Sonoco is dependent on the average consumer buying typical goods and a slowing economy spells trouble for Sonoco. As consumers cut back on spending, it leads to a decrease in the demand of goods. Sonoco is dependent on a high demand of durable goods (goods that are replenished or replaced often) to make money. As the demand for these goods drops, so do Sonoco’s net sales as there are few and fewer items that need packaging. For example, American consumers are spending less money and are less willing to get car repairs due to the slumping economy. Fewer repairs means fewer automotive parts needed and leads to a decrease in demand for Sonoco's packaging. In 2009, net sales fell 12.7$% due to lower demand.
Rising cost of raw materials and commodities has forced the company to implement several price increases on its products. The ability to obtain raw materials, which include metals such as steel and aluminum and other commodities such as recovered paper, paperboard, and plastic resins, at favorable prices is an essential part of the company’s success. Higher commodities prices translate into high production costs for the company, which forces the company to either raise the prices of its products by placing the burden on the consumer or to take the burden itself by absorbing the higher costs and decreasing profit margins. Steel is an essential commodity for Sonoco as it is used in several of the company’s packaging products, especially in the construction and appliances market. Most importantly though, the company faces higher recovered paper and paperboard costs; most of the company's packaging products are paper based.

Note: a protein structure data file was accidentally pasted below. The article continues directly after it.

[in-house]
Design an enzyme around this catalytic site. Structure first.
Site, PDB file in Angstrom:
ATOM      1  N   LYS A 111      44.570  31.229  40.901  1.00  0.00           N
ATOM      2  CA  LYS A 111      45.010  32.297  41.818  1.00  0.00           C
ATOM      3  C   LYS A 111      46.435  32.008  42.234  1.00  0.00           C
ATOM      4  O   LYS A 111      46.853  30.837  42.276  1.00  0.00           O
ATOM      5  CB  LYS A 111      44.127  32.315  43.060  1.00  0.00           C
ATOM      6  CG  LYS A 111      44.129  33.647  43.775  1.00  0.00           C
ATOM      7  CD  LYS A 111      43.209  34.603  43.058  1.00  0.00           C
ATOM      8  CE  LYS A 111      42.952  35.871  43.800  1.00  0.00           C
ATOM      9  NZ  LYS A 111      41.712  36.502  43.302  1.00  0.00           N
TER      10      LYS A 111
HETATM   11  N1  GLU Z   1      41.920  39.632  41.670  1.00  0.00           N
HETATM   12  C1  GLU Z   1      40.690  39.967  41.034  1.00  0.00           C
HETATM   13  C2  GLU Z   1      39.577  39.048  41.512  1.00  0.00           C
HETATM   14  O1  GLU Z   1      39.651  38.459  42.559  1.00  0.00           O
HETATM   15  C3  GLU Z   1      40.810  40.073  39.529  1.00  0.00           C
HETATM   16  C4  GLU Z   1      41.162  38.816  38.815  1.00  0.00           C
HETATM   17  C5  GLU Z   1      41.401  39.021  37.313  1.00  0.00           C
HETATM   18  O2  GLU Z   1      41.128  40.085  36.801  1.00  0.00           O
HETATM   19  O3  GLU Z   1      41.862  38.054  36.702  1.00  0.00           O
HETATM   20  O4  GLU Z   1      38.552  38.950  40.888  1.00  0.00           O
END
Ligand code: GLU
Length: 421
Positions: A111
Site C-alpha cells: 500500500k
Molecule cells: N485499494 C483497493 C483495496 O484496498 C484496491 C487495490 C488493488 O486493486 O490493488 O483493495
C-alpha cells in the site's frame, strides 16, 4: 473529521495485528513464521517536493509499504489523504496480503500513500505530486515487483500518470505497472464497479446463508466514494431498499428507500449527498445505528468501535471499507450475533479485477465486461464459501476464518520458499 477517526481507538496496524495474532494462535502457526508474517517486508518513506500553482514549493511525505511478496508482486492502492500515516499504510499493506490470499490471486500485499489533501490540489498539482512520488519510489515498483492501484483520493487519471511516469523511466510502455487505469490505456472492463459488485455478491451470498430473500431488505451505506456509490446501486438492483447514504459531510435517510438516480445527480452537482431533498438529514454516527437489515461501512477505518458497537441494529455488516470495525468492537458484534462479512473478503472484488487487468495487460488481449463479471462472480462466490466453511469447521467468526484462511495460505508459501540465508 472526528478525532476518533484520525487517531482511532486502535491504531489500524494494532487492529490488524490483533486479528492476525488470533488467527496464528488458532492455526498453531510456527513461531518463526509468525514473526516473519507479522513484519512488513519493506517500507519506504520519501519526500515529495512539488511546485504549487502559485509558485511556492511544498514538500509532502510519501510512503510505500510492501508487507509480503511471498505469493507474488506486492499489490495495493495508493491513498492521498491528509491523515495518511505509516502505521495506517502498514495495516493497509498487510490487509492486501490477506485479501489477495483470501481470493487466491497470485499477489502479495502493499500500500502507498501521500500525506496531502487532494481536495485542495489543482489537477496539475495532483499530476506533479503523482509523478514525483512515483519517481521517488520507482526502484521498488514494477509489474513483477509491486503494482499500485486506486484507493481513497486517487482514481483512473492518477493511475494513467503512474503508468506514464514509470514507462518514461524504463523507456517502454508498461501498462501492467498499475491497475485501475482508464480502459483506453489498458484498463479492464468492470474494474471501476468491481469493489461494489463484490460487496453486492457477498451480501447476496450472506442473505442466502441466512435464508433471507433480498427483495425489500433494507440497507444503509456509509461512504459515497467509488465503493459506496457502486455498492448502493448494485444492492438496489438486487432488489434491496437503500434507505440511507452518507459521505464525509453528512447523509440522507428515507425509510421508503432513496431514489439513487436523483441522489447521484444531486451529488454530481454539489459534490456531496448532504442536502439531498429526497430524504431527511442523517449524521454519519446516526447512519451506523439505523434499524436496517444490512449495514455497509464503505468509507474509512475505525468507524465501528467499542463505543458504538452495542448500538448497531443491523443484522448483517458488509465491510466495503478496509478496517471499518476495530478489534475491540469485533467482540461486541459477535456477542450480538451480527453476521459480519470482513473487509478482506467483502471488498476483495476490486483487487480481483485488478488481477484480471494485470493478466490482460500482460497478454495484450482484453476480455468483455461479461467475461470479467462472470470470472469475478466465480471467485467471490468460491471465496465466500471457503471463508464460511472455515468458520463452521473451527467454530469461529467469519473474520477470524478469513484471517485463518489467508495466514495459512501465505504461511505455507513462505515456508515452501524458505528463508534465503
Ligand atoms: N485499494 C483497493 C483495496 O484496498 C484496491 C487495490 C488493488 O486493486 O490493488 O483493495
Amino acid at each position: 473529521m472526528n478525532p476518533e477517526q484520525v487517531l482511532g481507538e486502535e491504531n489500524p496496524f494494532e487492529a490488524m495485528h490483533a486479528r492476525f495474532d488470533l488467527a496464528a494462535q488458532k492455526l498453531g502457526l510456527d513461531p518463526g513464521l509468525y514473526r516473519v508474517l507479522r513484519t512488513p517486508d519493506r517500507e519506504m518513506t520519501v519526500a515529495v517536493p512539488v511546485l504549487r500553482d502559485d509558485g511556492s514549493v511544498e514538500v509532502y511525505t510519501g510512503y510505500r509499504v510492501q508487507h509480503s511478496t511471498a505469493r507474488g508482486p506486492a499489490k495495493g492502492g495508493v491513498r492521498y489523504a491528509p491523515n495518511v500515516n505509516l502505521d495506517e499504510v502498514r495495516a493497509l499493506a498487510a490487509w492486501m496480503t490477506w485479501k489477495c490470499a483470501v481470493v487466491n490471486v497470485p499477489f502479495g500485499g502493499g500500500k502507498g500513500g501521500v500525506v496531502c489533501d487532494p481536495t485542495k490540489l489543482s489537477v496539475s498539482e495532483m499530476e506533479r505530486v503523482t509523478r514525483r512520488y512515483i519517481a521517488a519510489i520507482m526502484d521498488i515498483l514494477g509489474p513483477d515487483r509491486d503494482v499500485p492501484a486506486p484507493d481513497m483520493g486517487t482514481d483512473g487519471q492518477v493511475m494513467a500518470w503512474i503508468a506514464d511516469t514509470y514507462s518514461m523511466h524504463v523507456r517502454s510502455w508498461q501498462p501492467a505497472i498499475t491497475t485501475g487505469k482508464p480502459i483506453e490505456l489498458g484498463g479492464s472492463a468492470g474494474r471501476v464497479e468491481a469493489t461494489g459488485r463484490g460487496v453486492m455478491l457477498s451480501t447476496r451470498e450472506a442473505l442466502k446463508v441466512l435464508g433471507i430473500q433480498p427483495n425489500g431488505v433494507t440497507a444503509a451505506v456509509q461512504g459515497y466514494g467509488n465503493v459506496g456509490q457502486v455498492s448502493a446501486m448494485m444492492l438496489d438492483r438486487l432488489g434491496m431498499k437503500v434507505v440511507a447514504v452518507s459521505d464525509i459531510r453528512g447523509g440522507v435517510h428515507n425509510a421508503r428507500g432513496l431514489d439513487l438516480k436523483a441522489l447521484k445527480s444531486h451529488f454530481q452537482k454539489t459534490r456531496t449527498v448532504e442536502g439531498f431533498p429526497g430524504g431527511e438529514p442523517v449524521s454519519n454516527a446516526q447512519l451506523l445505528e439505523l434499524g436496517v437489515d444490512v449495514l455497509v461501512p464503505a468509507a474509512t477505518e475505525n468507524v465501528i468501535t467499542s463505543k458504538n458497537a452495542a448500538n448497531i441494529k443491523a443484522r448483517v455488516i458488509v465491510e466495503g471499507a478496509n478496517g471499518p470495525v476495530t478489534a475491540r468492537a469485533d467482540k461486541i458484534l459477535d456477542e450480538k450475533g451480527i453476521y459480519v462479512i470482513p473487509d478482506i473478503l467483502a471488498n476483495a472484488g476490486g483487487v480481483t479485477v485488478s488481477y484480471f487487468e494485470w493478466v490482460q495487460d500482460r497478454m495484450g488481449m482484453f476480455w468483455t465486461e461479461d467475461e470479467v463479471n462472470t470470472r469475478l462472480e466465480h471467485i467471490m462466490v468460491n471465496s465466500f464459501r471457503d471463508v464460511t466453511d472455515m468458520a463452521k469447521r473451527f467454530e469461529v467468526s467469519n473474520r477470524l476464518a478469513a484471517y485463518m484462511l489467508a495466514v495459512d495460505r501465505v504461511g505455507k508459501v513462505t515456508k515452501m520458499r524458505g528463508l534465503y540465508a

Higher energy costs have already forced the company to implement energy surcharges to its customers on its North American tubes and core shipments as well as its recycled paperboard products. Higher energy costs also forced the company to shut down one of its smaller specialty machines as according to the company, “energy and other costs… made it impossible to profitably operate the unit”. The problem with the increasing price of energy is that it adds to production costs. Production plants and its machines are powered by oil and natural gas, both of which are seeing record prices. Higher energy costs translates into higher production costs and once again the company is forced to either pass the burden to consumers by raising prices or take the burden itself and suffer decreasing profit margins.